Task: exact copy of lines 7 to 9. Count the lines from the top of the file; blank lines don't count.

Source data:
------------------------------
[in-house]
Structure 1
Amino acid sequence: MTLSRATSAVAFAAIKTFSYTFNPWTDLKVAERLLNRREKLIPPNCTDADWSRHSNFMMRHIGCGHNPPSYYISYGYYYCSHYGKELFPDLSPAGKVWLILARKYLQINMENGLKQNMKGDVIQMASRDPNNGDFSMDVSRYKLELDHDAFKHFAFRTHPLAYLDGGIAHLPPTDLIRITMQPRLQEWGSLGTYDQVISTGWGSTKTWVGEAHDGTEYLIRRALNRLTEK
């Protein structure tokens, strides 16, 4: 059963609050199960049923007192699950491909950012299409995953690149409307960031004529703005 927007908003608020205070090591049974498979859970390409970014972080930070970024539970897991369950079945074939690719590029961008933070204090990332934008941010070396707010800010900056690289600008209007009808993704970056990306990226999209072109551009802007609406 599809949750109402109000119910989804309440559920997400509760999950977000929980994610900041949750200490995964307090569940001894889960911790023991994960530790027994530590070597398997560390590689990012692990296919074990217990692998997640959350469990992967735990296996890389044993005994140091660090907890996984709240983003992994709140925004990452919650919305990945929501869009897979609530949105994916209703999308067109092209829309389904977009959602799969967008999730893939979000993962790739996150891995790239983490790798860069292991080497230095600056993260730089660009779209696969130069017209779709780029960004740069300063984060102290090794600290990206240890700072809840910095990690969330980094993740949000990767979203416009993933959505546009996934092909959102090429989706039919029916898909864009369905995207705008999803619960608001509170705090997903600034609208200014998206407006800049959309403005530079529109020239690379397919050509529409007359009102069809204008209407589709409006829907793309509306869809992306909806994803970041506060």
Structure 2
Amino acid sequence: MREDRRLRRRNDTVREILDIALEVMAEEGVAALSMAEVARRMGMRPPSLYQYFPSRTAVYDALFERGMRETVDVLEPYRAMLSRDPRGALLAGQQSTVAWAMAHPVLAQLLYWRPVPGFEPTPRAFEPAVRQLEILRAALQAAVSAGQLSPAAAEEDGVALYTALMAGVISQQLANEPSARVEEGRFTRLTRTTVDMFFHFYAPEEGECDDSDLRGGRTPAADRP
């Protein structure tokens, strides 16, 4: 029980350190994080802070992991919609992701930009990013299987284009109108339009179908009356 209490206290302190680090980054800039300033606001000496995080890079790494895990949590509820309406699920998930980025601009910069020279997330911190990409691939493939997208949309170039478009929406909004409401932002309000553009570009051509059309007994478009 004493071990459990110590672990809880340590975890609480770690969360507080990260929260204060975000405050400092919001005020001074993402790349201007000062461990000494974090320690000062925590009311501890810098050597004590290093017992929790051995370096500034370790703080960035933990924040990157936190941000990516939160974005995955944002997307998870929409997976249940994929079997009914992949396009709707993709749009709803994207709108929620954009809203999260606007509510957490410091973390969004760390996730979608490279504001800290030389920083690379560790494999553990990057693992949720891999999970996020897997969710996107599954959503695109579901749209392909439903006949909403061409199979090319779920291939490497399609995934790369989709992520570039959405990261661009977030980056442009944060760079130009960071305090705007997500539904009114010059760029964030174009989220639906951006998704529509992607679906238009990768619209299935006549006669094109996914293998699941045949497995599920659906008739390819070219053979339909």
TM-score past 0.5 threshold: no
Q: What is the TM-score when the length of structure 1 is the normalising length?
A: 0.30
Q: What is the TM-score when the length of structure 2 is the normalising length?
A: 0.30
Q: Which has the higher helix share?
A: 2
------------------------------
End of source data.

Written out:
């Protein structure tokens, strides 16, 4: 029980350190994080802070992991919609992701930009990013299987284009109108339009179908009356 209490206290302190680090980054800039300033606001000496995080890079790494895990949590509820309406699920998930980025601009910069020279997330911190990409691939493939997208949309170039478009929406909004409401932002309000553009570009051509059309007994478009 004493071990459990110590672990809880340590975890609480770690969360507080990260929260204060975000405050400092919001005020001074993402790349201007000062461990000494974090320690000062925590009311501890810098050597004590290093017992929790051995370096500034370790703080960035933990924040990157936190941000990516939160974005995955944002997307998870929409997976249940994929079997009914992949396009709707993709749009709803994207709108929620954009809203999260606007509510957490410091973390969004760390996730979608490279504001800290030389920083690379560790494999553990990057693992949720891999999970996020897997969710996107599954959503695109579901749209392909439903006949909403061409199979090319779920291939490497399609995934790369989709992520570039959405990261661009977030980056442009944060760079130009960071305090705007997500539904009114010059760029964030174009989220639906951006998704529509992607679906238009990768619209299935006549006669094109996914293998699941045949497995599920659906008739390819070219053979339909």
TM-score past 0.5 threshold: no
Q: What is the TM-score when the length of structure 1 is the normalising length?